The simplicity and safety of the short-term administration of sildenafil versus iNO and its possible superiority over iNO in terms of its effects on cardiac index and wedge pressure suggest a role for sildenafil in the evaluation and treatment of patients with pulmonary hypertension and support the need for additional studies of its long-term use.
Drs Michelakis and Archer are both supported by the Canadian Institutes for Health Research, the Alberta Heritage Foundation for Medical Research, the Heart and Stroke Foundation of Canada, and the Canadian Foundation for Innovation.
This research was not sponsored by an industrial source; however, Dr Archer has spoken on the use of Viagra for Pfizer USA and Canada.
- ↵D’Alonzo G, Barst R, Ayres S. Survival in patients with primary pulmonary hypertension: results from a national prospective registry. Ann Intern Med. 1991; 115: 343–349.
- ↵Archer S, Rich S. Primary pulmonary hypertension: a vascular biology and translational research “work in progress.” Circulation. 2000; 102: 2781–2791.
- ↵Rich S for the World Health Organization. Primary pulmonary hypertension.In: Executive Summary from the World Symposium on Primary Pulmonary Hypertension 1998;September 6-10, 1998; Evian, France.
- ↵Sitbon O, Humbert M, Jagot JL, et al. Inhaled nitric oxide as a screening agent for safely identifying responders to oral calcium-channel blockers in primary pulmonary hypertension. Eur Respir J. 1998; 12: 265–270.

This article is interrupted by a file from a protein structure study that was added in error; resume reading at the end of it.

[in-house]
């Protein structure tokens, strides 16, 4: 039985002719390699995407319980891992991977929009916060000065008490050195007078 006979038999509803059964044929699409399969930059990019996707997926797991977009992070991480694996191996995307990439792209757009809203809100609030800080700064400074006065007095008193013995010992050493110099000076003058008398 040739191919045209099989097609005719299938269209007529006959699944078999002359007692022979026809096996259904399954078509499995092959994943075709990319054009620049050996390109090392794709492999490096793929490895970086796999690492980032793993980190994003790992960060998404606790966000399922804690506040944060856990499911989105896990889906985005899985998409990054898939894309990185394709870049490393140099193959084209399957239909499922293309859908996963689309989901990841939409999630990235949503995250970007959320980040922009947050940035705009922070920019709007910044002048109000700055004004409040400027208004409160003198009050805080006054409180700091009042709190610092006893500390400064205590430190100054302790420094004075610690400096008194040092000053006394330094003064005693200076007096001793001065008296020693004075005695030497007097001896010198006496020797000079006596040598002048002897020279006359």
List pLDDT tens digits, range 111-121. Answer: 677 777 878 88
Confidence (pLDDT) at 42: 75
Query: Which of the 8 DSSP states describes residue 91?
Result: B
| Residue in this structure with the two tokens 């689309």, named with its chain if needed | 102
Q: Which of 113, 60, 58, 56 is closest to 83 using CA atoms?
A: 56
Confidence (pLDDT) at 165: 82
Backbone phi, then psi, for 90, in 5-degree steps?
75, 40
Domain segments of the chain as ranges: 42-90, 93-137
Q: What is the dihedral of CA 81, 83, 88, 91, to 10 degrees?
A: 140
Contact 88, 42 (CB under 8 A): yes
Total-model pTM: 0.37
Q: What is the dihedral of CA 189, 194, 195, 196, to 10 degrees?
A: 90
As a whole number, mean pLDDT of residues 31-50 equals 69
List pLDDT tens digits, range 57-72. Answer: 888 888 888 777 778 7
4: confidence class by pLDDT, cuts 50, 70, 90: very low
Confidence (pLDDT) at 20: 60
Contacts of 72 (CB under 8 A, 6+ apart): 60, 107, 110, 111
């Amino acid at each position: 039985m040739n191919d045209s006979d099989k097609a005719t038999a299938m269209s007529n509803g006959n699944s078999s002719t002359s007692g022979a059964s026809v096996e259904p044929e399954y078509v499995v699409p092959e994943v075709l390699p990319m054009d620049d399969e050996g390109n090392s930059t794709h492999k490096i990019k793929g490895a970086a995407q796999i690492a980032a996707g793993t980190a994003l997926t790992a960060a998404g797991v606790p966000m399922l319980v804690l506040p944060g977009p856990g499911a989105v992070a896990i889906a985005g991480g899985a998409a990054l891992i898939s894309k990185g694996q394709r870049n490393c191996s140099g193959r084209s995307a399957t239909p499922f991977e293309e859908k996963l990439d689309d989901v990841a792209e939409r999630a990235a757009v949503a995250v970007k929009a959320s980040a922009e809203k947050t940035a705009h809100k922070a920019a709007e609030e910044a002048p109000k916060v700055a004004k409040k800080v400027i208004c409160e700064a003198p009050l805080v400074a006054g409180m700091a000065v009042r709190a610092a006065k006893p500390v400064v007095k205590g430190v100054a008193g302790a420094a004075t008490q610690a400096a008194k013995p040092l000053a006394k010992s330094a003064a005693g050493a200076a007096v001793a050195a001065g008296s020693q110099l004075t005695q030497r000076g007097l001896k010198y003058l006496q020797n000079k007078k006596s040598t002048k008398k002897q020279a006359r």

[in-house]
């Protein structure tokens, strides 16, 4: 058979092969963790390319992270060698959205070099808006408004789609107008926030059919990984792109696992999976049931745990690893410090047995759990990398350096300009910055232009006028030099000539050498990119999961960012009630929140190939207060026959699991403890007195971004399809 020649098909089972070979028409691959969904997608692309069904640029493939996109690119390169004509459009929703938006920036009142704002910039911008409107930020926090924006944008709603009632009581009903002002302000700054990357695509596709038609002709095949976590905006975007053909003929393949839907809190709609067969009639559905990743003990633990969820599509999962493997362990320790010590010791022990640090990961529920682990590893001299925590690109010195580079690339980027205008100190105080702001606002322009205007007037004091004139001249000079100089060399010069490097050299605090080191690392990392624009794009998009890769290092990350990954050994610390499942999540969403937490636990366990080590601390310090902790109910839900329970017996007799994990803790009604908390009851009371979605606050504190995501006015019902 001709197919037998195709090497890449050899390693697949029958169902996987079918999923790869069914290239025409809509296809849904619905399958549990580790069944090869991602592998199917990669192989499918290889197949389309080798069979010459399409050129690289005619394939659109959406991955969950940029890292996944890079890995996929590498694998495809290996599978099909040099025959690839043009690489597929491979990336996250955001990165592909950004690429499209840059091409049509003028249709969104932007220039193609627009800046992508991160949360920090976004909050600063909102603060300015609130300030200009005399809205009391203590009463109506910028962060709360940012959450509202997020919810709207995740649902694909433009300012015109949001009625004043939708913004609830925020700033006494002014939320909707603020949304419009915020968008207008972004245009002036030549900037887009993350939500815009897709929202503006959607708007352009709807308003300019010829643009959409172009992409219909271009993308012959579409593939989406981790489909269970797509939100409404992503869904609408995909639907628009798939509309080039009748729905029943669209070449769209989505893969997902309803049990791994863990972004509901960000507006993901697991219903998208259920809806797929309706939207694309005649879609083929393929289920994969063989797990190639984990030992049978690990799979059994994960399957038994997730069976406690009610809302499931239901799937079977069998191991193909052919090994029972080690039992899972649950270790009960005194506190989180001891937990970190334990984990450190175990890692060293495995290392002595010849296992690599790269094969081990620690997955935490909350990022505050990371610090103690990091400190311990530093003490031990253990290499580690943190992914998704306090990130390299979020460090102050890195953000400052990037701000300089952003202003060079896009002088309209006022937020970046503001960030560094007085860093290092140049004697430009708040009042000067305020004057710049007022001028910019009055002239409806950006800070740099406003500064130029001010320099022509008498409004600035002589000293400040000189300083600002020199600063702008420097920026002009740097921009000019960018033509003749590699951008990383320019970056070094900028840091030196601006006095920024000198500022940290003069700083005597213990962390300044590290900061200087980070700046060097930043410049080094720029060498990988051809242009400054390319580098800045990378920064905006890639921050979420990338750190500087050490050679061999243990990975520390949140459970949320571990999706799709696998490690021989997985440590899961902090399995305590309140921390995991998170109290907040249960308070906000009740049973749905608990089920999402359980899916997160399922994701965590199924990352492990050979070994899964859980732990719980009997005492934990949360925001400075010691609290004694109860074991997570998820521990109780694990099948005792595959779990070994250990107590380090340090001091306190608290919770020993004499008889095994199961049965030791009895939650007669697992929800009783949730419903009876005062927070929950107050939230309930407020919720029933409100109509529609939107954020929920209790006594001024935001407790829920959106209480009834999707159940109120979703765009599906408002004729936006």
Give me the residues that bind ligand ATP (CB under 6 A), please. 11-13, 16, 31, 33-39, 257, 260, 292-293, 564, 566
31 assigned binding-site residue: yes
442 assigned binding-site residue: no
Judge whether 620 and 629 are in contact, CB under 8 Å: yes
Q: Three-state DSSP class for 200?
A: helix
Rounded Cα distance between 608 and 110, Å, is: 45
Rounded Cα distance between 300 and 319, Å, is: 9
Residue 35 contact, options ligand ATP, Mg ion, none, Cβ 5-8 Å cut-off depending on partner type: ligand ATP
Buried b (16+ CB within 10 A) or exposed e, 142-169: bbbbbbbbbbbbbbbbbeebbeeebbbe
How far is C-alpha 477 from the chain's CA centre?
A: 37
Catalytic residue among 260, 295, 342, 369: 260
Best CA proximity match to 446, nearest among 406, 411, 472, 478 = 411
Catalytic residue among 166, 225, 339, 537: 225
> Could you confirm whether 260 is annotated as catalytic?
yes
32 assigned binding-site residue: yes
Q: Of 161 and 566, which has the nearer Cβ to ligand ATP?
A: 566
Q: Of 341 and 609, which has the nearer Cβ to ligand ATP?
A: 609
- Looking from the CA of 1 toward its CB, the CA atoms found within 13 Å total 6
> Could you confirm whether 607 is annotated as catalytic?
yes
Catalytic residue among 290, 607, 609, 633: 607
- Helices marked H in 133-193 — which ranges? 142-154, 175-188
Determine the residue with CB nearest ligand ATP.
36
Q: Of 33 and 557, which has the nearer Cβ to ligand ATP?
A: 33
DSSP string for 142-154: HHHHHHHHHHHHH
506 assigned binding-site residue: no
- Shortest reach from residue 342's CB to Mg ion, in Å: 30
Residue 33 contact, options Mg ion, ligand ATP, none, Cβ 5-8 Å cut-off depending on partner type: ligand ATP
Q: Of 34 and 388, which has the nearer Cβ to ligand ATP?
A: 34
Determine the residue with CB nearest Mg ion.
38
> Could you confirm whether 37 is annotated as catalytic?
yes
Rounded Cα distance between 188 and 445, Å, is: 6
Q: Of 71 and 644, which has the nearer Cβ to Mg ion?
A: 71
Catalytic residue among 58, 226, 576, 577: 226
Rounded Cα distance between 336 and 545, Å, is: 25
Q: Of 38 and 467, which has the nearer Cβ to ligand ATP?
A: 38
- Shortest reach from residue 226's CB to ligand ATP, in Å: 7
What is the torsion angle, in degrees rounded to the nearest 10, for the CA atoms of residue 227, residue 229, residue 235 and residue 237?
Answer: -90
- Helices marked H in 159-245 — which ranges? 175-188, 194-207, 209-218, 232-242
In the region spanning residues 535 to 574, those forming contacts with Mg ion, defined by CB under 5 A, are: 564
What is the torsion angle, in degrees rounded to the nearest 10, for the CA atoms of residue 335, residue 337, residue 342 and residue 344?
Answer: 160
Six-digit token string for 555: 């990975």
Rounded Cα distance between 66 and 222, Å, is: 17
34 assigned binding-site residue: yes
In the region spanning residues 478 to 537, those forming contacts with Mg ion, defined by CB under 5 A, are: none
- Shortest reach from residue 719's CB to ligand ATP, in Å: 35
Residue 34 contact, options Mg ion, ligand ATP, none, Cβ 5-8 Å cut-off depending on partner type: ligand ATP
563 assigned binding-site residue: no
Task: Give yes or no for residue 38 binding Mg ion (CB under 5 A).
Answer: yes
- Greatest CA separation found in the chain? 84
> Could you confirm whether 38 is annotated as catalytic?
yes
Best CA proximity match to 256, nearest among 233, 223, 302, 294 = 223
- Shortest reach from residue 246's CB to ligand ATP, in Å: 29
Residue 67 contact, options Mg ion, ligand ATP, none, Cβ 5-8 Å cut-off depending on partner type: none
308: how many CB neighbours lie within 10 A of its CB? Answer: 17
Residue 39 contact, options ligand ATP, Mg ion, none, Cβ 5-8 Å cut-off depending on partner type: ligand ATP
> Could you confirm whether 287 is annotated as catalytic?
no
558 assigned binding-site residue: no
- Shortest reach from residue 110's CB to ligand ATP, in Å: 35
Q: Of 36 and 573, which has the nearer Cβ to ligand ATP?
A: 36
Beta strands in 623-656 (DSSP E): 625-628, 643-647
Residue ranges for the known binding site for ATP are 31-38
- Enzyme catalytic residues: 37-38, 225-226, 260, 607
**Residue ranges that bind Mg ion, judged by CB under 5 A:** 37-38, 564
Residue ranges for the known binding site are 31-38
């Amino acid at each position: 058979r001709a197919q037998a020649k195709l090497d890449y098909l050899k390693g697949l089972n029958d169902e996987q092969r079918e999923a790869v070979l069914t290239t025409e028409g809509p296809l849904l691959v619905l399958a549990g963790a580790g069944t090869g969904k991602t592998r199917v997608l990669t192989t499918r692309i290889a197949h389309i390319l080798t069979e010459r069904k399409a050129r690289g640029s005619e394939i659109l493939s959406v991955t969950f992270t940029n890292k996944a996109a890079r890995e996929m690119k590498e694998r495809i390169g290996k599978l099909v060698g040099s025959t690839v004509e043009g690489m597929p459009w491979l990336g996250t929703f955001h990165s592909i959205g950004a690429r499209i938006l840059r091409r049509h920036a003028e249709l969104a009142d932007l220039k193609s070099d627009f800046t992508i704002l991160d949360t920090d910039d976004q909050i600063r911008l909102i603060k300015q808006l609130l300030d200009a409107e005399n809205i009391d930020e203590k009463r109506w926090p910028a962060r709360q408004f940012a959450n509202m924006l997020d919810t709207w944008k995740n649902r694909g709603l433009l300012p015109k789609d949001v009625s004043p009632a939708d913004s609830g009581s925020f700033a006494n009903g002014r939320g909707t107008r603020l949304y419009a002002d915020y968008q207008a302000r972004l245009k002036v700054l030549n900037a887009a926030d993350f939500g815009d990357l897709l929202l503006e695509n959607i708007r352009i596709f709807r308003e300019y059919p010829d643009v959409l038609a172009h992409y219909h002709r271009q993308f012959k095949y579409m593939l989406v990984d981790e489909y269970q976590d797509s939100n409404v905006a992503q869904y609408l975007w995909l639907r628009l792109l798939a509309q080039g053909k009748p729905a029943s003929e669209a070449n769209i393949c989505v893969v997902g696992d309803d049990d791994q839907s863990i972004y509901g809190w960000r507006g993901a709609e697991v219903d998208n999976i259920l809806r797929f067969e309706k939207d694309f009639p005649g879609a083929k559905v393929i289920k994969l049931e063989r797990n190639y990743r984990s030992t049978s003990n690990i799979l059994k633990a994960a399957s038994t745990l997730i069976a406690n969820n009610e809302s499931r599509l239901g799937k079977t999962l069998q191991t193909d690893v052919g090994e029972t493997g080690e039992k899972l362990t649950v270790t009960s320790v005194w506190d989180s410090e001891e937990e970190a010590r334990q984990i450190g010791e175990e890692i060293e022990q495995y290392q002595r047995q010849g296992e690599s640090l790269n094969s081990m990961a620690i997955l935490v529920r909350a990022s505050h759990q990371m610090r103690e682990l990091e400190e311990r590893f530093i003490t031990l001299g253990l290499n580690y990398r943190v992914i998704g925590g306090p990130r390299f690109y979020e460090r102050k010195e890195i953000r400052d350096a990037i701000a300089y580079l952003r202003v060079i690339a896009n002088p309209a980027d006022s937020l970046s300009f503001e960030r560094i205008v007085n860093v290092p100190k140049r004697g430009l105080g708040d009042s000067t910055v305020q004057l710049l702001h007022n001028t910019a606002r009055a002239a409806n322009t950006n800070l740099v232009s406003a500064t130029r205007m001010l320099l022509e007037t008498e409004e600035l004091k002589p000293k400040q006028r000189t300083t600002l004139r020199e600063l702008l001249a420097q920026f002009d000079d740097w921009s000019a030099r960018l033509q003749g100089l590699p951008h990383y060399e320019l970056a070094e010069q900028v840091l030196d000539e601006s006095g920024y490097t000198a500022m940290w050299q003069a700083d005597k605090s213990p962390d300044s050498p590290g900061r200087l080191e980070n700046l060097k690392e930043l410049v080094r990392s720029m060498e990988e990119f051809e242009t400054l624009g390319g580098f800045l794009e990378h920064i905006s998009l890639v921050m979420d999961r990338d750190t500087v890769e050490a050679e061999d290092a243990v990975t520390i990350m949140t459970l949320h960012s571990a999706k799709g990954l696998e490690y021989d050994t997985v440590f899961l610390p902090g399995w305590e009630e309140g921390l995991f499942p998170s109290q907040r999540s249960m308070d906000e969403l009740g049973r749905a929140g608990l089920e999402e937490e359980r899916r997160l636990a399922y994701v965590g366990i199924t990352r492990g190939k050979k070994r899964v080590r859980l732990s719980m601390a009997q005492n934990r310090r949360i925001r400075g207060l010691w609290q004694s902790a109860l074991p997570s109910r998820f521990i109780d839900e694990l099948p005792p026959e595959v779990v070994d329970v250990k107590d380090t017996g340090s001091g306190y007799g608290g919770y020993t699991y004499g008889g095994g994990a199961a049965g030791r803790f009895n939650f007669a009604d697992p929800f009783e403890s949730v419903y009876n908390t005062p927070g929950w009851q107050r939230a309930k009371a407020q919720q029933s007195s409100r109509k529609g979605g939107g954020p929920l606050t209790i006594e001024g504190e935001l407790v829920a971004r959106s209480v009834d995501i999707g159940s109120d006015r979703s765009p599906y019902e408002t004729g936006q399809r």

- ↵Pagano D, Townend JN, Horton R, et al. A comparison of inhaled nitric oxide with intravenous vasodilators in the assessment of pulmonary haemodynamics prior to cardiac transplantation. Eur J Cardiothorac Surg. 1996; 10: 1120–1126.
- ↵Ignarro LJ, Burke TM, Wood KS, et al. Association between cyclic GMP accumulation and acetylcholine-elicited relaxation of bovine intrapulmonary artery. J Pharmacol Exp Ther. 1984; 228: 682–690.
- ↵Murad F. Cyclic guanosine monophosphate as a mediator of vasodilatation. J Clin Invest. 1986; 78: 1–5.
- ↵Archer SL, Huang JM, Hampl V, et al. Nitric oxide and cGMP cause vasorelaxation by activation of a charybdotoxin-sensitive K channel by cGMP-dependent protein kinase. Proc Natl Acad Sci U S A. 1994; 91: 7583–7587.
- ↵Wilkens H, Guth A, Konig J, et al. Effect of inhaled iloprost plus oral sildenafil in patients with primary pulmonary hypertension. Circulation. 2001; 104: 1218–1222.
- ↵Zhao L, Mason NA, Morrell NW, et al. Sildenafil inhibits hypoxia-induced pulmonary hypertension. Circulation. 2001; 104: 424–428.
- ↵Archer SL, Freude KA, Shultz PJ. The effect of graded hypoxia on the induction and function of inducible nitric oxide synthase (iNOS) in rat mesangial cells. Circ Res. 1995; 77: 21–28.
- ↵Loh E, Stamler JS, Hare JM, et al. Cardiovascular effects of inhaled nitric oxide in patients with left ventricular dysfunction. Circulation. 1994; 90: 2780–2755.
- ↵Senzaki H, Smith CJ, Juang GJ, et al. Cardiac phosphodiesterase 5 (cGMP-specific) modulates β-adrenergic signaling in vivo and is down-regulated in heart failure. FASEB J. 2001; 15: 1718–1726.